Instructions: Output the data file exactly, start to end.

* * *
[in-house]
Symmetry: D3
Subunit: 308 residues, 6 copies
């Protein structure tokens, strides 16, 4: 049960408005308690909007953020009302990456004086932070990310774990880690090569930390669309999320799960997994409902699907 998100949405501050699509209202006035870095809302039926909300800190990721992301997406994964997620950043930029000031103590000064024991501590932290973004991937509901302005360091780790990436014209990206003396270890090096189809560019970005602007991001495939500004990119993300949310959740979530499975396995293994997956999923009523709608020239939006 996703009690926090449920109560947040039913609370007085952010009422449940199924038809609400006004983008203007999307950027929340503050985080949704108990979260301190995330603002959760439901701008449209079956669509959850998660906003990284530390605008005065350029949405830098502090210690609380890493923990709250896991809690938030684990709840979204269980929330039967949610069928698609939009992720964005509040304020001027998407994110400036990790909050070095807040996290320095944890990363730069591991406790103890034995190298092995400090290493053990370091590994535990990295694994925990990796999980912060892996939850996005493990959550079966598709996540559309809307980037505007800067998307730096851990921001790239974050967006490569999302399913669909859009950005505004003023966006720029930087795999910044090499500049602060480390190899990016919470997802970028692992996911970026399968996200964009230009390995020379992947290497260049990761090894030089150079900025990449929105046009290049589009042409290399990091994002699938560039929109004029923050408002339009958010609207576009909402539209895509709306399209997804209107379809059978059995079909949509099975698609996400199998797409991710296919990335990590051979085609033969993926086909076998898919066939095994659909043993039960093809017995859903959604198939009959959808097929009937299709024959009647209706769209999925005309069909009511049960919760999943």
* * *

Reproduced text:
[in-house]
Symmetry: D3
Subunit: 308 residues, 6 copies
């Protein structure tokens, strides 16, 4: 049960408005308690909007953020009302990456004086932070990310774990880690090569930390669309999320799960997994409902699907 998100949405501050699509209202006035870095809302039926909300800190990721992301997406994964997620950043930029000031103590000064024991501590932290973004991937509901302005360091780790990436014209990206003396270890090096189809560019970005602007991001495939500004990119993300949310959740979530499975396995293994997956999923009523709608020239939006 996703009690926090449920109560947040039913609370007085952010009422449940199924038809609400006004983008203007999307950027929340503050985080949704108990979260301190995330603002959760439901701008449209079956669509959850998660906003990284530390605008005065350029949405830098502090210690609380890493923990709250896991809690938030684990709840979204269980929330039967949610069928698609939009992720964005509040304020001027998407994110400036990790909050070095807040996290320095944890990363730069591991406790103890034995190298092995400090290493053990370091590994535990990295694994925990990796999980912060892996939850996005493990959550079966598709996540559309809307980037505007800067998307730096851990921001790239974050967006490569999302399913669909859009950005505004003023966006720029930087795999910044090499500049602060480390190899990016919470997802970028692992996911970026399968996200964009230009390995020379992947290497260049990761090894030089150079900025990449929105046009290049589009042409290399990091994002699938560039929109004029923050408002339009958010609207576009909402539209895509709306399209997804209107379809059978059995079909949509099975698609996400199998797409991710296919990335990590051979085609033969993926086909076998898919066939095994659909043993039960093809017995859903959604198939009959959808097929009937299709024959009647209706769209999925005309069909009511049960919760999943």